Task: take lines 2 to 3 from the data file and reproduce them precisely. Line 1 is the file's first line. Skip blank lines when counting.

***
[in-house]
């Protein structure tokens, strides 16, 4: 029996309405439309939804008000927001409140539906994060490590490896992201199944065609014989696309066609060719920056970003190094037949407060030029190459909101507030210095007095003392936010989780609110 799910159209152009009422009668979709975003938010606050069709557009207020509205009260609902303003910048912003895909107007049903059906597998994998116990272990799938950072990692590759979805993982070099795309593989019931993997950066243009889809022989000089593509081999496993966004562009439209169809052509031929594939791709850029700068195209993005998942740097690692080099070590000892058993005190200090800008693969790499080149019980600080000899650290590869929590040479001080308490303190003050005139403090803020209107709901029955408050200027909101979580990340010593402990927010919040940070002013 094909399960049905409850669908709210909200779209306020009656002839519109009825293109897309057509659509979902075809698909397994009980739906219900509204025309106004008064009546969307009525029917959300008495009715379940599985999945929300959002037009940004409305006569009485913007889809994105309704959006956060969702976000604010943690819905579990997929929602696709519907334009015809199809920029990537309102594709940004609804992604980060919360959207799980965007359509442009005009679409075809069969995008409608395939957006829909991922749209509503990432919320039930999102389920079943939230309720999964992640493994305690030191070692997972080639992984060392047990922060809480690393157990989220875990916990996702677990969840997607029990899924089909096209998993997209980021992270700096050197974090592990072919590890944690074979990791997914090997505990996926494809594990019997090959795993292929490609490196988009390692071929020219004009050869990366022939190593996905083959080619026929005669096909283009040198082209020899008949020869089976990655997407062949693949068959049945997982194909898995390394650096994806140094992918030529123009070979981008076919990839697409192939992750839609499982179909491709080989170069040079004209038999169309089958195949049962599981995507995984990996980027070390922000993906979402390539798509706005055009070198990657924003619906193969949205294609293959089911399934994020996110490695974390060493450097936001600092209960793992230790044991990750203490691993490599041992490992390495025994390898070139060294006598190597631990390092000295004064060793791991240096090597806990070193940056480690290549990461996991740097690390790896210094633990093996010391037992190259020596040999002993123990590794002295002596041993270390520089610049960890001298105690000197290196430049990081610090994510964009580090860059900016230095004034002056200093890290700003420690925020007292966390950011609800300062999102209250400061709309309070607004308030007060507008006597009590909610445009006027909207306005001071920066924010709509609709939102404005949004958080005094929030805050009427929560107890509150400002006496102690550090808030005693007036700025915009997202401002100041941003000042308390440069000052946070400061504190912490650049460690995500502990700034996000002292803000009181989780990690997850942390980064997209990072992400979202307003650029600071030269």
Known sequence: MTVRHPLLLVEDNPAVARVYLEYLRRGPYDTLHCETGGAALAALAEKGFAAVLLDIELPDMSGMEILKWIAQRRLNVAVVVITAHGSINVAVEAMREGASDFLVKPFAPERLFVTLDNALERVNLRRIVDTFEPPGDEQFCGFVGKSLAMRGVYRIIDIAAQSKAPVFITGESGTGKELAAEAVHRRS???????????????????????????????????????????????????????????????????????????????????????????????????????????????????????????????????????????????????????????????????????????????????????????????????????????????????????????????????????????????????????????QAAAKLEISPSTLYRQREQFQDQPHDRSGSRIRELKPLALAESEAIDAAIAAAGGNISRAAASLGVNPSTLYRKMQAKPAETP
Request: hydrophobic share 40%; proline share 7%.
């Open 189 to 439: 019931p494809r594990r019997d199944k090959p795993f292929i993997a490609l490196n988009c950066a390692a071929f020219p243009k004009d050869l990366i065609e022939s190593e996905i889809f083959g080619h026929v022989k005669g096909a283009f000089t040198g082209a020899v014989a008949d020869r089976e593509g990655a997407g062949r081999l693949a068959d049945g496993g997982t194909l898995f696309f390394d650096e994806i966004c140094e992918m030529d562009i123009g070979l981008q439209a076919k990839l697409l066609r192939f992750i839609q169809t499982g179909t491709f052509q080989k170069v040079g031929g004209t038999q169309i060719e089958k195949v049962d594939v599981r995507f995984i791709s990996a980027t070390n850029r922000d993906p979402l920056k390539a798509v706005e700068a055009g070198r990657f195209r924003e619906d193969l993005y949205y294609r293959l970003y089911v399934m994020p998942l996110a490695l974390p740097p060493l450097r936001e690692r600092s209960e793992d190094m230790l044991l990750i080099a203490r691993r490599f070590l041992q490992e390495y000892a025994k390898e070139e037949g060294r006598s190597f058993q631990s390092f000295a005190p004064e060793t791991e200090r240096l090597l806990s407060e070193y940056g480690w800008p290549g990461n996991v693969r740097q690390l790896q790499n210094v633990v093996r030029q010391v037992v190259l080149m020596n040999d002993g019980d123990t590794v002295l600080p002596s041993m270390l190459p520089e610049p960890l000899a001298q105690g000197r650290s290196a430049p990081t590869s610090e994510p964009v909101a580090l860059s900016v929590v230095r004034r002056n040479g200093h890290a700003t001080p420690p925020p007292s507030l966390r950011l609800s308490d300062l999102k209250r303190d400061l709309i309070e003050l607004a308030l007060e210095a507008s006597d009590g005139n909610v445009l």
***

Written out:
């Protein structure tokens, strides 16, 4: 029996309405439309939804008000927001409140539906994060490590490896992201199944065609014989696309066609060719920056970003190094037949407060030029190459909101507030210095007095003392936010989780609110 799910159209152009009422009668979709975003938010606050069709557009207020509205009260609902303003910048912003895909107007049903059906597998994998116990272990799938950072990692590759979805993982070099795309593989019931993997950066243009889809022989000089593509081999496993966004562009439209169809052509031929594939791709850029700068195209993005998942740097690692080099070590000892058993005190200090800008693969790499080149019980600080000899650290590869929590040479001080308490303190003050005139403090803020209107709901029955408050200027909101979580990340010593402990927010919040940070002013 094909399960049905409850669908709210909200779209306020009656002839519109009825293109897309057509659509979902075809698909397994009980739906219900509204025309106004008064009546969307009525029917959300008495009715379940599985999945929300959002037009940004409305006569009485913007889809994105309704959006956060969702976000604010943690819905579990997929929602696709519907334009015809199809920029990537309102594709940004609804992604980060919360959207799980965007359509442009005009679409075809069969995008409608395939957006829909991922749209509503990432919320039930999102389920079943939230309720999964992640493994305690030191070692997972080639992984060392047990922060809480690393157990989220875990916990996702677990969840997607029990899924089909096209998993997209980021992270700096050197974090592990072919590890944690074979990791997914090997505990996926494809594990019997090959795993292929490609490196988009390692071929020219004009050869990366022939190593996905083959080619026929005669096909283009040198082209020899008949020869089976990655997407062949693949068959049945997982194909898995390394650096994806140094992918030529123009070979981008076919990839697409192939992750839609499982179909491709080989170069040079004209038999169309089958195949049962599981995507995984990996980027070390922000993906979402390539798509706005055009070198990657924003619906193969949205294609293959089911399934994020996110490695974390060493450097936001600092209960793992230790044991990750203490691993490599041992490992390495025994390898070139060294006598190597631990390092000295004064060793791991240096090597806990070193940056480690290549990461996991740097690390790896210094633990093996010391037992190259020596040999002993123990590794002295002596041993270390520089610049960890001298105690000197290196430049990081610090994510964009580090860059900016230095004034002056200093890290700003420690925020007292966390950011609800300062999102209250400061709309309070607004308030007060507008006597009590909610445009006027909207306005001071920066924010709509609709939102404005949004958080005094929030805050009427929560107890509150400002006496102690550090808030005693007036700025915009997202401002100041941003000042308390440069000052946070400061504190912490650049460690995500502990700034996000002292803000009181989780990690997850942390980064997209990072992400979202307003650029600071030269």
Known sequence: MTVRHPLLLVEDNPAVARVYLEYLRRGPYDTLHCETGGAALAALAEKGFAAVLLDIELPDMSGMEILKWIAQRRLNVAVVVITAHGSINVAVEAMREGASDFLVKPFAPERLFVTLDNALERVNLRRIVDTFEPPGDEQFCGFVGKSLAMRGVYRIIDIAAQSKAPVFITGESGTGKELAAEAVHRRS???????????????????????????????????????????????????????????????????????????????????????????????????????????????????????????????????????????????????????????????????????????????????????????????????????????????????????????????????????????????????????????QAAAKLEISPSTLYRQREQFQDQPHDRSGSRIRELKPLALAESEAIDAAIAAAGGNISRAAASLGVNPSTLYRKMQAKPAETP